Traveling For Work During The Pandemic? Here’s How To Play It Safe
Post Written By Maurice Harary Forbes Councils Member
The world has adjusted to countless changes brought on by the Covid-19 pandemic, and working professionals are no exception. While many Americans are working remotely for the foreseeable future, others are returning to the office and even traveling for business ventures again.
When we absolutely need to travel to a client’s office — and for us, that can be anywhere throughout the United States — we always take the utmost precautions to minimize the risk of catching Covid-19, even if we can’t completely eliminate that risk.
If your work requires you to jet back and forth during the pandemic, here are some steps I take that can help you feel safer and more at ease during your travels:
Pack a Covid-19 prep kit.
Whether you are flying or driving to your destination, there are some items you can pack to be more prepared. I recommend travel-sized versions of any liquid products, which can easily be found in pharmacies and department stores alike. Here are a few other items to consider:
- Masks: If you use disposable masks, pack at least one for each day you plan to be gone. If you use reusable or cloth masks, pack at least two, that way you always have a clean one. It’s recommended to clean your masks after a day’s use.
- Hand sanitizer: Opt for a hand sanitizer with at least 60% alcohol, and keep it in your carry-on or in a spot where it’s easy to reach.
- Disinfecting wipes: Keep these near your hand sanitizer so you can easily disinfect surfaces before you touch them.
- Hand cream: All that washing and hand sanitizer can dry your skin. Bring a moisturizing cream that you can use in between to protect your hands from cracking or peeling.
Do your research before you leave.
Look into the infection rates in the area you are traveling to. Are they similar to where you live, or should you take extra precautions? Does your employer require any kind of isolation measures after you return?
If you are staying in a hotel, you can call ahead and ask about their cleaning and safety measures related to Covid-19. Consider the distance between your lodging and meeting places, as well. Do you need to arrange other travel, such as a cab or Lyft, or take public transportation? Work out all of the logistical details so you can plan precautions as needed.
For after-hours, research local restaurants that offer carry-out, deliver or drive-thru services during the pandemic. You may also want to look into the nearest drug store in case you run out of hand sanitizer, masks or other wellness items during your travels.
If you’re in public, wear a mask.
Masks can help protect you from Covid-19 in both indoor and outdoor settings. As you navigate the airport, gas stations, restaurants and even more private modes of transportation like Ubers, wearing a mask is one of the simplest ways to protect yourself.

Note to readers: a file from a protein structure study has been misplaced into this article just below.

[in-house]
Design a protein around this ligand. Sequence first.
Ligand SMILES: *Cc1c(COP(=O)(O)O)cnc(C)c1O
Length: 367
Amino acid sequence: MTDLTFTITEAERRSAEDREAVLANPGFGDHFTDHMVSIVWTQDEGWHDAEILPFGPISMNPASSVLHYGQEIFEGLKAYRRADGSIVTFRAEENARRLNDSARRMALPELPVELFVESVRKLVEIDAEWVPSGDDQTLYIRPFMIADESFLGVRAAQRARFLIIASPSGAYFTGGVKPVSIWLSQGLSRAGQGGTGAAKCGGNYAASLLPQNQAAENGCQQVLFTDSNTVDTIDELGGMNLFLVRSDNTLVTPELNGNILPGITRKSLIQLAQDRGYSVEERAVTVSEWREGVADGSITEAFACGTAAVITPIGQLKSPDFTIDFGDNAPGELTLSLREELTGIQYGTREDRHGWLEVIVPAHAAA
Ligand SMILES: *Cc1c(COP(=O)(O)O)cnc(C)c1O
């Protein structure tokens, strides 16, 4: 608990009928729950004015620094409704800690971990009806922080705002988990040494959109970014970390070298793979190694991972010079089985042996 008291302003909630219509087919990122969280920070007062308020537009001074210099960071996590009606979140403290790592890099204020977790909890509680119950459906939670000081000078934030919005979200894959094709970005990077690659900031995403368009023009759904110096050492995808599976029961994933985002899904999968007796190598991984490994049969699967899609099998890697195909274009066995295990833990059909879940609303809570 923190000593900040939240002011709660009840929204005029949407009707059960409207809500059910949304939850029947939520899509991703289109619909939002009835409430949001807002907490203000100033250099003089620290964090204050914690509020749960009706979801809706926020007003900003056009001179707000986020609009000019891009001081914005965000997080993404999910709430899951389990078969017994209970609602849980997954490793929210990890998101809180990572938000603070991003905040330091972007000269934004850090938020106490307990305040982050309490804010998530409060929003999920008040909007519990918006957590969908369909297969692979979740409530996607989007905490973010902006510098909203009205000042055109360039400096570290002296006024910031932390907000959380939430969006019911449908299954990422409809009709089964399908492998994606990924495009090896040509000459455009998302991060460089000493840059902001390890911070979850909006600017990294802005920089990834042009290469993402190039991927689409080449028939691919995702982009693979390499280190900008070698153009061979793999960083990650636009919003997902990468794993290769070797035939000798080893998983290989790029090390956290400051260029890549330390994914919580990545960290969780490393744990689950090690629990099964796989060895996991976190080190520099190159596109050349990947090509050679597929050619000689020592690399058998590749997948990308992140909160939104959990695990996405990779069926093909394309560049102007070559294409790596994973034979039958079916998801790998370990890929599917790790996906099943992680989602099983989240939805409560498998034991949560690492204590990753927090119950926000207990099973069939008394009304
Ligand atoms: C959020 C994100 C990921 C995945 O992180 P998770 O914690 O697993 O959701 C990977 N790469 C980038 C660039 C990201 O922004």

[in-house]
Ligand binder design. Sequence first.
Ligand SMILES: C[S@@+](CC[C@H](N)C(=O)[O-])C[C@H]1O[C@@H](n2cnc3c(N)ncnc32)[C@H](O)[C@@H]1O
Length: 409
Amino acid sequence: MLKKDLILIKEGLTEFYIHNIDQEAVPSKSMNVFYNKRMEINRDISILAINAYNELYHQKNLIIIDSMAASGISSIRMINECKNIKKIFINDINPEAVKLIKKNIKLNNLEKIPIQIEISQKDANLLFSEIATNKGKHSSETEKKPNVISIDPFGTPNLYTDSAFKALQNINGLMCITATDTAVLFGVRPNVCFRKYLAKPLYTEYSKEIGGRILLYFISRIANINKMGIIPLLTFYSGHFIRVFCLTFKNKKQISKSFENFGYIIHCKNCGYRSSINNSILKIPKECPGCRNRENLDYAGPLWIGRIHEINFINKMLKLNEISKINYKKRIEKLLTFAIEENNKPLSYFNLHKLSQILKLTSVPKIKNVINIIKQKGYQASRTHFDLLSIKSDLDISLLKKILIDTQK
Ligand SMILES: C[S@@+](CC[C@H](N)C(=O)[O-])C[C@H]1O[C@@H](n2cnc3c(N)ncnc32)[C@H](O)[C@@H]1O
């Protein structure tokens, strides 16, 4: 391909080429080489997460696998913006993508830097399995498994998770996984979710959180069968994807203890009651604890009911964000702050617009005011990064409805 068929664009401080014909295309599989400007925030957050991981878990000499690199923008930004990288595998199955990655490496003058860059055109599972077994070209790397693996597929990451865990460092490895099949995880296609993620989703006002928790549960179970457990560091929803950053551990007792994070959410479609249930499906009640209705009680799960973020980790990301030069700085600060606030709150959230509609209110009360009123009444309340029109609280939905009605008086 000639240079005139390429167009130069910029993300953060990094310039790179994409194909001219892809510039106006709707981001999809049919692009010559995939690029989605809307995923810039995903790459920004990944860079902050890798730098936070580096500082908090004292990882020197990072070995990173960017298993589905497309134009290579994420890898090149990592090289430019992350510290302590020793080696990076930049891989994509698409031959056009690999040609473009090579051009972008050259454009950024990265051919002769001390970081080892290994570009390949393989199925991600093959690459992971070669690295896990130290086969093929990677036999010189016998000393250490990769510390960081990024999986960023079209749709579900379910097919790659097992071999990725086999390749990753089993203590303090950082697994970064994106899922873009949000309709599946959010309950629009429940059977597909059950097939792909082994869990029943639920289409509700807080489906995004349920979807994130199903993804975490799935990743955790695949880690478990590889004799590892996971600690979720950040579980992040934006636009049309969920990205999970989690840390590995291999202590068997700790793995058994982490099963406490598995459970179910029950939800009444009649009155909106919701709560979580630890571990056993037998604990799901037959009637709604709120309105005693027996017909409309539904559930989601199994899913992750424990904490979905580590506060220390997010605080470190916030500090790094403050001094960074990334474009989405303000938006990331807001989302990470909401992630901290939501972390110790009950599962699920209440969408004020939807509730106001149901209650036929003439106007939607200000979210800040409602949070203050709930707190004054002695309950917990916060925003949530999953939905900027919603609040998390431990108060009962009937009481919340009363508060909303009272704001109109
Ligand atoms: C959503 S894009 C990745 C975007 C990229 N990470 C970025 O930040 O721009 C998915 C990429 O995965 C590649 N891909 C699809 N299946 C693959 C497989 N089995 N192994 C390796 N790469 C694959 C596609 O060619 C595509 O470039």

If you stop at a toll booth on your drive into Chicago, for example, strap on your mask before you interact with the attendant. Use hand sanitizer after interactions to further minimize your chances of spreading or contracting Covid-19.
Keep in mind the limitations that your mask may present, as well. When I travel under normal circumstances — especially when I fly — I always carry a big water bottle that I refill at every opportunity. During the pandemic, however, I wait to hydrate until I’m at my destination so that I can wear my mask the whole time.
Be mindful of your hands.
As the CDC recommends, avoid touching your face, eyes, nose and mouth in public places, even if you are wearing gloves. If you wear gloves, pack multiple pairs that you can throw away to avoid cross-contamination.
While using hand sanitizer is effective at stopping the spread of germs, the best way to clean your hands is to wash them with soap and water for at least 20 seconds. Do this every opportunity you get, but at the very least, I recommend a thorough scrubbing when you arrive at your destination.
You can also carry a travel-sized moisturizer or hand cream to treat your hands in between washes. According to the Washington Post, moisturizing your hands can preserve your skin’s natural barrier and make you less susceptible to infection.
When you arrive at your hotel, leave your shoes and bag at the door.
You may even want to disinfect the surfaces in your room — touch points such as door handles, tabletops, drawers and faucets. Even if you don’t go to this extent, stripping out of any clothing or accessories that have been through the airport can help minimize the spread of germs into your lodging quarters.
Put your travel clothes in a plastic bag and disinfect the outside of your suitcase, then hop in the shower. Not only can this help protect you from Covid-19, but it’s also a great way to relax after a long day on the road!
While the risks of Covid-19 present challenges to everyday life and travel, it’s important that we remain diligent during both our personal and professional lives to not only protect ourselves but also to protect our co-workers, family and friends. If we all do our part, we’ll be telling Covid-19 to hit the road before we know it.
While I am not a medical professional, the advice from the CDC and other experts is critical to follow. I urge you to continue monitoring the CDC website for the latest information and tips.
Forbes Article Link: Traveling For Work During The Pandemic? Here’s How To Play It Safe